No intro necessary here. The following are some more student quotes, with the names changed to protect the innocent. If you missed Part 1, you can catch that here. Enjoy!
A question posed to Harriet and Matthew this morning by Andrea, “Did you know, when she was my age, my mom was a tramp?”
From the Driver’s Ed teacher:
Today in the Driver Ed car with Pam, the song “Hey Ya” by Outkast came on.
Pam: “Did he just sing ‘Shake it like a qualified stripper?’”
Mr. H.: “Uhh, Polaroid picture.”
From Mrs. C, middle school Spanish teacher:
This conversation between Caleb and Kevin just took place in my 8th grade class:
Caleb: The Bears suck!
Kevin: What? No they don’t. They are awesome.
Caleb: Well, they are better than the Foreskins!
Several students in the class: Whaaaaaaaaaaaat? The Foreskins?
Caleb: You know, the Redskins.
Kevin: Who calls them the Foreskins?
Caleb: My aunt Mary does.
Kevin: Da Bears.
And then more from Caleb: “Mrs. C., have you ever broken a bone before? I have and it sucks. I actually broke both arms playing flag football last year. I was shoved to the ground. Do you know how hard it is to go to the bathroom? And to have someone wipe you? It sucks.”
On the English 4 Life final exam I asked, “What explanation might there be for how odd Charlie is socially in ‘The Perks of Being A Wallflower?’” Josh answered: “Because he has ass burgers.”
Alicia: “Like, how graphic can we be with these stories?”
Me: “I don’t want to limit the way you write. Let’s just see how it goes, and if something hits me as inappropriate, I’ll let you know.”
Alicia: “Okay, because I wrote a story last semester about a man feeding his dog to his neighbor, and it kind of freaked my teacher out.”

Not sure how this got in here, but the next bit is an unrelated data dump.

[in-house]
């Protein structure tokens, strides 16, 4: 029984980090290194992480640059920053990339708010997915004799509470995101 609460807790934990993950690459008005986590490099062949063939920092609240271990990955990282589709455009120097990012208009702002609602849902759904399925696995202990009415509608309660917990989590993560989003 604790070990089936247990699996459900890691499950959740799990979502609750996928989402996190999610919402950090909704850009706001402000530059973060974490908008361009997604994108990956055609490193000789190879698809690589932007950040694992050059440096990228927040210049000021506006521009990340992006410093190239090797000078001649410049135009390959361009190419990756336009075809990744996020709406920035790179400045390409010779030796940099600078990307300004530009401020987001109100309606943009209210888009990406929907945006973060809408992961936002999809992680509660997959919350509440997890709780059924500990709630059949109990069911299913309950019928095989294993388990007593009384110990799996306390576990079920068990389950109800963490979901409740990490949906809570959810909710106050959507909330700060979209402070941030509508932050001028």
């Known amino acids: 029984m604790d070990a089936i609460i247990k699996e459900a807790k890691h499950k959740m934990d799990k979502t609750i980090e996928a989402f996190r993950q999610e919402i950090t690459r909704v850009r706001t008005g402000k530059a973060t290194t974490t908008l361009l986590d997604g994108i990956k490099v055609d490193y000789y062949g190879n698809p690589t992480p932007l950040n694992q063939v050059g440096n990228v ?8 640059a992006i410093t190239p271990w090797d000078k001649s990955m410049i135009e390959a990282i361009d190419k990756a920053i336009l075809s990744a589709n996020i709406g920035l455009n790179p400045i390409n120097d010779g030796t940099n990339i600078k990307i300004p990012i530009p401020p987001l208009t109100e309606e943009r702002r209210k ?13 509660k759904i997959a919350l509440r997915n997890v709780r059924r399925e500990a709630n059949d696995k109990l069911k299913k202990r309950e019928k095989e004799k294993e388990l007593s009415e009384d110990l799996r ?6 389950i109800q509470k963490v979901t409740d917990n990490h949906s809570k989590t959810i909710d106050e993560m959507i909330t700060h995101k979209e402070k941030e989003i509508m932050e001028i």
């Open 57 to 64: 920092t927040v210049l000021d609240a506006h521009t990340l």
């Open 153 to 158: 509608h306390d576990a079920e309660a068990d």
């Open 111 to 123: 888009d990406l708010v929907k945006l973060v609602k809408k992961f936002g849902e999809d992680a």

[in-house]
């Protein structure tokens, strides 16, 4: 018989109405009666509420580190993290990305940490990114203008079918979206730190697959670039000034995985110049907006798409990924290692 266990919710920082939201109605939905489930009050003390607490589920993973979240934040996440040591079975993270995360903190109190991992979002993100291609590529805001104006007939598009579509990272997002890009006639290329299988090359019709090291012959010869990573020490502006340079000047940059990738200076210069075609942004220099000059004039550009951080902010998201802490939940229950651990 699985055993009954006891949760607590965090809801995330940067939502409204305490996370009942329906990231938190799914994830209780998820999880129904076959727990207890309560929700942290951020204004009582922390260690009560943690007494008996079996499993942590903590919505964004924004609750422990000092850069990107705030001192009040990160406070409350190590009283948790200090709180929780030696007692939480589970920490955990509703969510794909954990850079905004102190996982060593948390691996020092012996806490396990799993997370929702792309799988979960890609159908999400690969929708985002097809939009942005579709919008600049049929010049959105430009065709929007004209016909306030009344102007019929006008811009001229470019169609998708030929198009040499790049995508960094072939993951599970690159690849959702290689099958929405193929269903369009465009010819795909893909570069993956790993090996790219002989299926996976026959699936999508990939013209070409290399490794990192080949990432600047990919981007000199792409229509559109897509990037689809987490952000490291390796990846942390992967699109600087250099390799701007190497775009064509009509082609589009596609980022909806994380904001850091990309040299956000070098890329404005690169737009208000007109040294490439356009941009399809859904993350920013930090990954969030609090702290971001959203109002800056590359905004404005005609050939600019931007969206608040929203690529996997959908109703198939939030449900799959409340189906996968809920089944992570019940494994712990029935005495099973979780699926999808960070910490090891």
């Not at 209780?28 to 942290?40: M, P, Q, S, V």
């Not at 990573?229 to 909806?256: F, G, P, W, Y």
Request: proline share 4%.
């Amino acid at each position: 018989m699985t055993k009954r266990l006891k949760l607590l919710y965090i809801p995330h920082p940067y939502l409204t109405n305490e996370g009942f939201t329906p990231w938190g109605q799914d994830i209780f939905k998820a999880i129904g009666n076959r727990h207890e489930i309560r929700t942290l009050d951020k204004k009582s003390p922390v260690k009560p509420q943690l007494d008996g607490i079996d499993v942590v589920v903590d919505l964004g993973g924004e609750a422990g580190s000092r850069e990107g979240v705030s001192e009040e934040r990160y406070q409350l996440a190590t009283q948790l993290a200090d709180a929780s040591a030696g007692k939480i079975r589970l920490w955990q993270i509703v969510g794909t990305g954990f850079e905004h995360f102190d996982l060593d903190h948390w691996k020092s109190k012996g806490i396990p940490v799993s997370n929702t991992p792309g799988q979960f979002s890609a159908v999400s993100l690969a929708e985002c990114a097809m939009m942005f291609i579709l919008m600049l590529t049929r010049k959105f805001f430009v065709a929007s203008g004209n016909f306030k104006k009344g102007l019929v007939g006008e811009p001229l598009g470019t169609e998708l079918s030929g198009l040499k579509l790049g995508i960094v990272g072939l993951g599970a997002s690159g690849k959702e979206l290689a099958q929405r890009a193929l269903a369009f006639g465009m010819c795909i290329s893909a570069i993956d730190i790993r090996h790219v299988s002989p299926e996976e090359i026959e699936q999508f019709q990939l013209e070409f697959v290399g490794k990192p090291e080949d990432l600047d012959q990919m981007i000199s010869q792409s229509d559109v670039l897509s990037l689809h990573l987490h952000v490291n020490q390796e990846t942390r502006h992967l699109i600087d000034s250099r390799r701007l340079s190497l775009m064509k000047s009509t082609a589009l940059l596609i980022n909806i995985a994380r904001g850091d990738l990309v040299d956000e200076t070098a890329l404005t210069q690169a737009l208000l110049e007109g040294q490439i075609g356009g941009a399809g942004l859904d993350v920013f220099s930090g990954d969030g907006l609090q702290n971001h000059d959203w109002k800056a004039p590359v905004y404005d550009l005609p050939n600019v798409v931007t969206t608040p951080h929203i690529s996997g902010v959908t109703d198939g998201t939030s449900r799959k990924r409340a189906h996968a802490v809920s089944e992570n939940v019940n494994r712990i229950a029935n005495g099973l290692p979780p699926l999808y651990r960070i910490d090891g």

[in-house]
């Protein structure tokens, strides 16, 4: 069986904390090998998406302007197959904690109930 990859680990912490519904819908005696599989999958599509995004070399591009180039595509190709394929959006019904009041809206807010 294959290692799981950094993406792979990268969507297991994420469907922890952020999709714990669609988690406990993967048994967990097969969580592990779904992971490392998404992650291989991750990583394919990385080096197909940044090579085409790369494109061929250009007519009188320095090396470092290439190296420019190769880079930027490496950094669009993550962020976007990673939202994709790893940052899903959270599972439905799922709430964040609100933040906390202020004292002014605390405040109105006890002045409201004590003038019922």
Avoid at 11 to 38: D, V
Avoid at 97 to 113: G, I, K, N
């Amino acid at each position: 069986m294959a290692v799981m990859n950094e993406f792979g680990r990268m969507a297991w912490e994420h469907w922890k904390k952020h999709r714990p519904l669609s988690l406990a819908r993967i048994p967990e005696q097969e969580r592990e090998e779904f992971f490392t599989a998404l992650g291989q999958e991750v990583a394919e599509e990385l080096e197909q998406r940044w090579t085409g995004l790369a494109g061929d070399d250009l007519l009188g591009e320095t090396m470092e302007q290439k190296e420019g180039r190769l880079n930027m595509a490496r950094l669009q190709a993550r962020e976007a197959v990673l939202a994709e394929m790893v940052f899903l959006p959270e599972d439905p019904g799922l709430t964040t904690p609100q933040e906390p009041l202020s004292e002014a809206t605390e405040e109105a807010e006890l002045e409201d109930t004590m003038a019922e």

Me: “I see.”
Alicia: “Yeah, I want to write horror movies. Or be an anesthesiologist.”
Me, taking attendance the first day of the new semester: “David Smith?”
David: “It’s actually pronounced ‘Greg.’ The ‘g’ is silent.”
The kids: “Huh?”
Me: “David is being funny, guys.”
David: “No, David is being hilarious.”
Will, writing a sample sentence for the vocab word, “venerate”: “The venerated sportsman was ignowledge for all he had done for the group.”
Charles: “I’ve just got this protein shake for lunch.”
Charles: “Well, that plus the lunch I get from lunch.”
Evan, being witty in an assignment: “Every sixty seconds, a minute goes by in Australia.”
The nurse’s office just called Kari back down, even though she returned from there literally seconds ago.
Me: “What did you leave down in the nurse’s office?”
Kari, exasperated: “My dignity.”
From art teacher Mrs. T.:
Student: “Can I draw the Eiffel tower to show that I’m afraid of heights?”
(Student draws the St. Louis Arch.)
Me: “Now, you know that’s the Arch in St. Louis, not the Eiffel tower.”
Student (absolutely serious): “It is?”
From Mack’s test essay about common vocalization problems: “Nasality is when someone sounds like a dying walrus.”
Then, later: “Harshness is when someone’s voice is very harsh or mean sounding. For example, you are reading ‘Return of the Princess Unicorn Rainbow,’ and when you are supposed to sound peaceful, you sound evil.”
Me, to Meghan: “You know, the word gullible isn’t in the dictionary.”
Meghan: “It’s not?”